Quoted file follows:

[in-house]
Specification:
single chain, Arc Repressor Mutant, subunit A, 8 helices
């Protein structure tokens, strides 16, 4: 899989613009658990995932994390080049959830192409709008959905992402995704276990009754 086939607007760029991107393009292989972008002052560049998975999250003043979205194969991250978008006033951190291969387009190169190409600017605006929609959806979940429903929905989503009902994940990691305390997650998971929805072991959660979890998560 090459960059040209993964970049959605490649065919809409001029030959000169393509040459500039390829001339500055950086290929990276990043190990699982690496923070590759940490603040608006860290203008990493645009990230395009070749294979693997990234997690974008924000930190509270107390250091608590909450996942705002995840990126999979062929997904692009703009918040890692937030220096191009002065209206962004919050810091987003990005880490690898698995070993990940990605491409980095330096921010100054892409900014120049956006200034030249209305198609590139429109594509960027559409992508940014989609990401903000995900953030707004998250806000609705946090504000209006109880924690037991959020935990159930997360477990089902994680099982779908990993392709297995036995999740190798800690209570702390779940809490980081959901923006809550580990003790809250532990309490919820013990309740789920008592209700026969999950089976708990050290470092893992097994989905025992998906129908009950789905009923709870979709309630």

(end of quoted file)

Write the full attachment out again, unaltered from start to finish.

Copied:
[in-house]
Specification:
single chain, Arc Repressor Mutant, subunit A, 8 helices
């Protein structure tokens, strides 16, 4: 899989613009658990995932994390080049959830192409709008959905992402995704276990009754 086939607007760029991107393009292989972008002052560049998975999250003043979205194969991250978008006033951190291969387009190169190409600017605006929609959806979940429903929905989503009902994940990691305390997650998971929805072991959660979890998560 090459960059040209993964970049959605490649065919809409001029030959000169393509040459500039390829001339500055950086290929990276990043190990699982690496923070590759940490603040608006860290203008990493645009990230395009070749294979693997990234997690974008924000930190509270107390250091608590909450996942705002995840990126999979062929997904692009703009918040890692937030220096191009002065209206962004919050810091987003990005880490690898698995070993990940990605491409980095330096921010100054892409900014120049956006200034030249209305198609590139429109594509960027559409992508940014989609990401903000995900953030707004998250806000609705946090504000209006109880924690037991959020935990159930997360477990089902994680099982779908990993392709297995036995999740190798800690209570702390779940809490980081959901923006809550580990003790809250532990309490919820013990309740789920008592209700026969999950089976708990050290470092893992097994989905025992998906129908009950789905009923709870979709309630």